Weakness presents an opportunity

It is more likely that the select areas originally being targeted for growth by senior management will become even more attractive as costs continue to be pushed down by the economic crisis. This is why large pharma companies are showing a renewed interest in mergers and acquisitions — especially as many smaller companies have low valuations and little cash, placing them in a weak position to resist a takeover. Johnson & Johnson's acquisition of Omrix (NJ, USA) in late 2008, for example, took place following an approximately 40% fall in the smaller company's shares during the course of that year.5

Another area that will benefit from the economic crisis is outsourcing; areas that companies believe are too expensive to maintain internally or do not represent a core part of their activities will be prioritized for outsourcing, especially as pharmaceutical companies have already seen that outsourcing can reduce operational costs without impeding production of new drugs.

The ability of outsourcing to offer a development speed advantage at comparable quality was highlighted in a 2006 industry report, where 83 new drug applications and biologic license applications submitted to the FDA between 2000 and 2005 were analysed.6 In this study, those company projects that involved high CRO use were shown to perform better than those that did not; high CRO usage projects were found to be submitted more than 30 days closer to their projected submission date than the low CRO usage projects assessed.

The drive to obtain even more value from outsourcing is likely to intensify, which should give companies in the outsourcing sector the confidence to expand the services they offer. Certainly, recent information suggests that a wave of expansion is currently underway in the CRO sector, with companies particularly eager to move into emerging markets.7 Pharmaceutical industry collaborations with companies beyond the life sciences sector, such as logistics firms, are also on the rise.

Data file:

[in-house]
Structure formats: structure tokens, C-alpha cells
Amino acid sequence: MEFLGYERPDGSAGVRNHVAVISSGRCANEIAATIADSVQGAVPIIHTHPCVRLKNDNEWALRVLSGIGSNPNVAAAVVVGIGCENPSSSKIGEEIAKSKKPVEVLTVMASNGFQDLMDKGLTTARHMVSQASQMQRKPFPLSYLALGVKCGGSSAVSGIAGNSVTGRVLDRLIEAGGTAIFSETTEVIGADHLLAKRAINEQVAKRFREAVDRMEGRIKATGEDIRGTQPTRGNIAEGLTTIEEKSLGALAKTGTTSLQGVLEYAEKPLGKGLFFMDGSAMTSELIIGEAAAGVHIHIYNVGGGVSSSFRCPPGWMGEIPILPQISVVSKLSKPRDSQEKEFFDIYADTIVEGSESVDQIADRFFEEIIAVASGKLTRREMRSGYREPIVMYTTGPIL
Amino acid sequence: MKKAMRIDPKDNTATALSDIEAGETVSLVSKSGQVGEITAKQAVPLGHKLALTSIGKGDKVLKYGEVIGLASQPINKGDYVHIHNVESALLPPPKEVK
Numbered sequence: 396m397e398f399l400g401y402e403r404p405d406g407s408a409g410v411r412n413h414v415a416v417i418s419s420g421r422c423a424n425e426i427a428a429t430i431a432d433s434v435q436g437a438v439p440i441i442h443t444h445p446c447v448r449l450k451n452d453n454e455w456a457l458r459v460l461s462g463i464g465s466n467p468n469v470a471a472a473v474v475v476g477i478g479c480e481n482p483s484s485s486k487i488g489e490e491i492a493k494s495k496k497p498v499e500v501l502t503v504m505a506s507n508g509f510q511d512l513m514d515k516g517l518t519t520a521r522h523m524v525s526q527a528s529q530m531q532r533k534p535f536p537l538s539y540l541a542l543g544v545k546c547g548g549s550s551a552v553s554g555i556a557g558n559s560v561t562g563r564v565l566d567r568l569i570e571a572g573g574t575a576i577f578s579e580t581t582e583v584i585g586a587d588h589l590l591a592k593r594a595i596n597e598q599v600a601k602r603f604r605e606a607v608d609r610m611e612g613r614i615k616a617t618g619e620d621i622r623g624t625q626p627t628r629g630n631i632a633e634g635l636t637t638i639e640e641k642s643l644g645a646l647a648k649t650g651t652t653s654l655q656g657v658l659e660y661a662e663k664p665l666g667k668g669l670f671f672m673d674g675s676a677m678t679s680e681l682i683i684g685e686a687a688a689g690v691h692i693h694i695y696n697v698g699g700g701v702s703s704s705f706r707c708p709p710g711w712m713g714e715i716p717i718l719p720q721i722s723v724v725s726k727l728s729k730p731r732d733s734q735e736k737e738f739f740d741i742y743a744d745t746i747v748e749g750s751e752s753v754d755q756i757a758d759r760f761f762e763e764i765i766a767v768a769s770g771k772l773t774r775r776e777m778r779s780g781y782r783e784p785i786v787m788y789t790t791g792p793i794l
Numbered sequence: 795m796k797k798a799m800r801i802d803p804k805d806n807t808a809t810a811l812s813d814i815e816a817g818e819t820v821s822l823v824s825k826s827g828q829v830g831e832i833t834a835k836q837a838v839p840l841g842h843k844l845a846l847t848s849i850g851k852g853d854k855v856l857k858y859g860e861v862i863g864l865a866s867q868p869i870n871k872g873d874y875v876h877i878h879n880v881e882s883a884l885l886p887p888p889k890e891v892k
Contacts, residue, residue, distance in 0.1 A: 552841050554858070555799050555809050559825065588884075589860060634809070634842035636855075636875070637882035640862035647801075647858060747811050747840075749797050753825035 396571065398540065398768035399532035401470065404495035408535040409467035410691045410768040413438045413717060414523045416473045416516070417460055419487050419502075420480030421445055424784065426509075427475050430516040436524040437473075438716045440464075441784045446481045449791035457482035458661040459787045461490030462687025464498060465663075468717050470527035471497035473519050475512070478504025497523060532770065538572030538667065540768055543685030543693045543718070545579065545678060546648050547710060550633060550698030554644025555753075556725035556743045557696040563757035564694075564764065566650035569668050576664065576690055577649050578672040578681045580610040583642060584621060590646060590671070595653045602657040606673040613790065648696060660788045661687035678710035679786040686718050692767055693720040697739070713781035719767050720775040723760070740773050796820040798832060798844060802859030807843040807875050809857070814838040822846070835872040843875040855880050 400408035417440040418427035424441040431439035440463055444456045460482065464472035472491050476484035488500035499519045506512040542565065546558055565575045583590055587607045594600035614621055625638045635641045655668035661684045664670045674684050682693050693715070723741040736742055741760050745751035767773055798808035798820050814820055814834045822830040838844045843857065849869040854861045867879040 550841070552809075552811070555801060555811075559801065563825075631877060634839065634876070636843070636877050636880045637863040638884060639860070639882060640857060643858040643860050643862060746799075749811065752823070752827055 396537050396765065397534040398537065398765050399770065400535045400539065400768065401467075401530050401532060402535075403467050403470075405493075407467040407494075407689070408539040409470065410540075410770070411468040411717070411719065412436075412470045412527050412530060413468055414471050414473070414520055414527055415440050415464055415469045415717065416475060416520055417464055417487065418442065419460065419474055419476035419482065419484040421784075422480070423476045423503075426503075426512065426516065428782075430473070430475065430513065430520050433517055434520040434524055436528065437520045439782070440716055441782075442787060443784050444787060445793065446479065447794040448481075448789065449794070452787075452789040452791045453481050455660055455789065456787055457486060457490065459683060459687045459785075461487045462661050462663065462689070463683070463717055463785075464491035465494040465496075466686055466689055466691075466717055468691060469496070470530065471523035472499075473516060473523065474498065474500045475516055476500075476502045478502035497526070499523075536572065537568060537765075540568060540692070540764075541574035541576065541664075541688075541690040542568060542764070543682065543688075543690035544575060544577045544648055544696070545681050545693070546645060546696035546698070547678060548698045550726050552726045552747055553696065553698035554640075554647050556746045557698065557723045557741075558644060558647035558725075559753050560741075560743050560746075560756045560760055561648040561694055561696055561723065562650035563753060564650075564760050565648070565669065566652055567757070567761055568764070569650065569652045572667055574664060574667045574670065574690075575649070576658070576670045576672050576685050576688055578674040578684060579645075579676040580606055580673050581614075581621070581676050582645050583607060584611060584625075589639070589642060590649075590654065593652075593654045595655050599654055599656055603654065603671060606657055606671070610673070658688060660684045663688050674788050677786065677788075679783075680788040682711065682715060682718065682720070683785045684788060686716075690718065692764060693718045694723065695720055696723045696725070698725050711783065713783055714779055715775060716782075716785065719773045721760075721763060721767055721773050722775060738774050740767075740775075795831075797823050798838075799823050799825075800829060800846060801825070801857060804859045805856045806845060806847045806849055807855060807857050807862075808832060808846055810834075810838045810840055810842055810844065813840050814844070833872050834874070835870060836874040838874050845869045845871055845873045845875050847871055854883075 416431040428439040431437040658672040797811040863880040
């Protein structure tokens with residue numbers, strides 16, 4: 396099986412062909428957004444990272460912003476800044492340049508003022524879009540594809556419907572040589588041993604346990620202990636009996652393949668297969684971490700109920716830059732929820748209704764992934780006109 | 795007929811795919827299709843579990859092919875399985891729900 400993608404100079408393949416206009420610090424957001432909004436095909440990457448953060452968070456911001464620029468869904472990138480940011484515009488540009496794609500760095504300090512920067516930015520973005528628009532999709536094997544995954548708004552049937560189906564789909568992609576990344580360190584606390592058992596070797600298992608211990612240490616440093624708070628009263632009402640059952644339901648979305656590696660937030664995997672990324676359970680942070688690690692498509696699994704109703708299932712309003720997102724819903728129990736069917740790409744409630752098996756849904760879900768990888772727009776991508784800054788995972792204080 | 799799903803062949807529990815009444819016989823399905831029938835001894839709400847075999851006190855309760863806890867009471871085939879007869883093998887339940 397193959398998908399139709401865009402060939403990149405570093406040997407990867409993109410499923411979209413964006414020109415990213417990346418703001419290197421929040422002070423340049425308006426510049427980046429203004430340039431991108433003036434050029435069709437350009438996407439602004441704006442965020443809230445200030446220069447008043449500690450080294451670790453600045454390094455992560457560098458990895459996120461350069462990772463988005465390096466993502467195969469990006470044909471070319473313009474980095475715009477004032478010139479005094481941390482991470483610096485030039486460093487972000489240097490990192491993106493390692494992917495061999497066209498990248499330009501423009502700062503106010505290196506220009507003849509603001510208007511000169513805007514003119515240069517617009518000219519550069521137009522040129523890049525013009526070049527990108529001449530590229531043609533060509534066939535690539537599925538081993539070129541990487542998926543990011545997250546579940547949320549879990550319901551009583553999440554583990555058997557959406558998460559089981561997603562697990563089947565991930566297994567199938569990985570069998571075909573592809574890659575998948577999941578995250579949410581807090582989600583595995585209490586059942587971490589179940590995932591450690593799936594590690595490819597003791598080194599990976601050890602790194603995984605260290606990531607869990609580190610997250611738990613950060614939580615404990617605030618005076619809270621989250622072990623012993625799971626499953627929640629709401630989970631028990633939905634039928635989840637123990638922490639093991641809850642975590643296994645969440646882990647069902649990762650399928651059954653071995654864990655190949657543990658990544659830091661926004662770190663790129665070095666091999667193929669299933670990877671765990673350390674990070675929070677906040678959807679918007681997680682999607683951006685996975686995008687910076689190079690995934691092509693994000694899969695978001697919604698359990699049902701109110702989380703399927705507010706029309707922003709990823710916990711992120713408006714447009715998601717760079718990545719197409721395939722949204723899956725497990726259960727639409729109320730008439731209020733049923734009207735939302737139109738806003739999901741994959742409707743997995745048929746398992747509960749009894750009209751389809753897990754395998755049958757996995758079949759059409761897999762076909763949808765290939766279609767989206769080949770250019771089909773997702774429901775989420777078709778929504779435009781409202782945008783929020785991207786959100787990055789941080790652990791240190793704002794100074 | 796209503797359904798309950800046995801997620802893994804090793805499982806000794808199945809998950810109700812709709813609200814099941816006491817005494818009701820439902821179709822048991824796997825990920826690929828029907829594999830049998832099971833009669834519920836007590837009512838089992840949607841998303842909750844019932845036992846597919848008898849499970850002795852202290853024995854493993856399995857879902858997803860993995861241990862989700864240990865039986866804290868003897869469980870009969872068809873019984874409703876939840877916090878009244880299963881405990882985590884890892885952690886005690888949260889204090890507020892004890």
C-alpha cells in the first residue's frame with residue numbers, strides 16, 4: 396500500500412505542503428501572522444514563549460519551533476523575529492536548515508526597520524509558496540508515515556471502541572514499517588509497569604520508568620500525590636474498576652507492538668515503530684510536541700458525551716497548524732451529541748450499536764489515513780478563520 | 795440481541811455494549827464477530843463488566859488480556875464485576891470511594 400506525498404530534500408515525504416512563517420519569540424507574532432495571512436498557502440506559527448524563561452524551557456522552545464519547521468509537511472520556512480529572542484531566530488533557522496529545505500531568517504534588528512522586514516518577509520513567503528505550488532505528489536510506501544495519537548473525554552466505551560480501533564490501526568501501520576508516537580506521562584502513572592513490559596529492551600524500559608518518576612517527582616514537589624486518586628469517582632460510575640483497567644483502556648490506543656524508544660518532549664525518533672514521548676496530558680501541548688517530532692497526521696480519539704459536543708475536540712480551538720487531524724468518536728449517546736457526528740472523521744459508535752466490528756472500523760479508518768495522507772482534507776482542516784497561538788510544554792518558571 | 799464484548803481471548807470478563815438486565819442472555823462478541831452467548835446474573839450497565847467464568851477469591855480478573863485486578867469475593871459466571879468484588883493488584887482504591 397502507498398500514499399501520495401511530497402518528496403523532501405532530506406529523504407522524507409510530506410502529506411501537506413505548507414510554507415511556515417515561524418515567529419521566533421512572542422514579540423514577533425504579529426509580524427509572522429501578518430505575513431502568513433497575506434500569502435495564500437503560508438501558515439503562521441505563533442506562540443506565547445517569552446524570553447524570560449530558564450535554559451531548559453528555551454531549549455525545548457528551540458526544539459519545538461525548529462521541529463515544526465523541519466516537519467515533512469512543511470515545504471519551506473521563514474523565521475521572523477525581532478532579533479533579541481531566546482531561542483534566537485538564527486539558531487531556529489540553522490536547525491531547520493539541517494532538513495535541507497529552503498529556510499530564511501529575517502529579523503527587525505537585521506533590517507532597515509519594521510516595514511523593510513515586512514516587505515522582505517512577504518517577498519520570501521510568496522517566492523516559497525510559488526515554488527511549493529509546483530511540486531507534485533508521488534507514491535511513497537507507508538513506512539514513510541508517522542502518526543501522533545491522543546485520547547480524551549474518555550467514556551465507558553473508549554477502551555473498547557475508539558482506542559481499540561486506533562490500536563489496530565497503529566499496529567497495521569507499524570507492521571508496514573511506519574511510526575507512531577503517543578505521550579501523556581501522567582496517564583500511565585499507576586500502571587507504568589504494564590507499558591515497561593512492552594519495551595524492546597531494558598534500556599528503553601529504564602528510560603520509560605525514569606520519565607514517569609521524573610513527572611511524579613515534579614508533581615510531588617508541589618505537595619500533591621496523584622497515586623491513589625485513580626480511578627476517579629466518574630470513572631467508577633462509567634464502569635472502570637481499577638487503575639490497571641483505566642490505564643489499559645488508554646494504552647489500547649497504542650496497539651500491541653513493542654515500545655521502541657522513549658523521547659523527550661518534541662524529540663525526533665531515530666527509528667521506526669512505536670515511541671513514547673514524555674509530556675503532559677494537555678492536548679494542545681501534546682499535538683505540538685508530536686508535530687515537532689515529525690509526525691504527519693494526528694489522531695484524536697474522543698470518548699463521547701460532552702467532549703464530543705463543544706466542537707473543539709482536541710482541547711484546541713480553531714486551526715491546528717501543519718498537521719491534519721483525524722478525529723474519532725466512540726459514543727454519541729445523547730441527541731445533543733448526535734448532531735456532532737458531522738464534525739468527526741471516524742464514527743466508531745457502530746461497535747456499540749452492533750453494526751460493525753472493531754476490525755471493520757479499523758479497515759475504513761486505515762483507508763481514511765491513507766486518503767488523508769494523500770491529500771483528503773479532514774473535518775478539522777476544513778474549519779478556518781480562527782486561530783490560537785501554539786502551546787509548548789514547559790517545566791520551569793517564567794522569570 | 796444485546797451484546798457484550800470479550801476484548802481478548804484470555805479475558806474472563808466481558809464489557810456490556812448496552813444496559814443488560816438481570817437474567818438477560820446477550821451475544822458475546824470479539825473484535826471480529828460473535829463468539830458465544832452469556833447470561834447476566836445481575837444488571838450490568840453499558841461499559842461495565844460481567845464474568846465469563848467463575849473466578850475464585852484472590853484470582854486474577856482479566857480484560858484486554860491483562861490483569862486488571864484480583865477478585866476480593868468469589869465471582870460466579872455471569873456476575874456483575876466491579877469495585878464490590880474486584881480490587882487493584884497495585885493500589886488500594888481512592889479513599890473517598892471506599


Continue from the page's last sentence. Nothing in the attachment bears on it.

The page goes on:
Biotech left with no options

For smaller companies, such as those in the biotech sector, the economic climate is more difficult to weather, as they have always needed support from the investment community to continue operating. The only way in which they attracted investment and the interest of larger companies was to demonstrate their ability to innovate and develop new technologies. If these companies change this strategic approach now then they will lose their appeal to outside parties, so they have no choice but to continue down the road of innovation. However, they will need to be more selective about where they target their efforts — many have already reluctantly made redundancies and abandoned some research projects. To continue attracting investment, they must redouble efforts and show how the current conditions offer even more promising opportunities to investors. Attracting new investment may be difficult, but the investment community has not disappeared; while venture capitalist funding has dropped through 2009, biotech has reportedly remained one of the most popular technology areas in which to invest.8

For small biotech companies whose funding remains critically low, their best chances of survival lay in a merger or joint venture with other players in the sector. If that fails then there is only the hope that a large company might show an interest in acquiring them, but this will be for a bargain price and the small company will still be required to demonstrate value.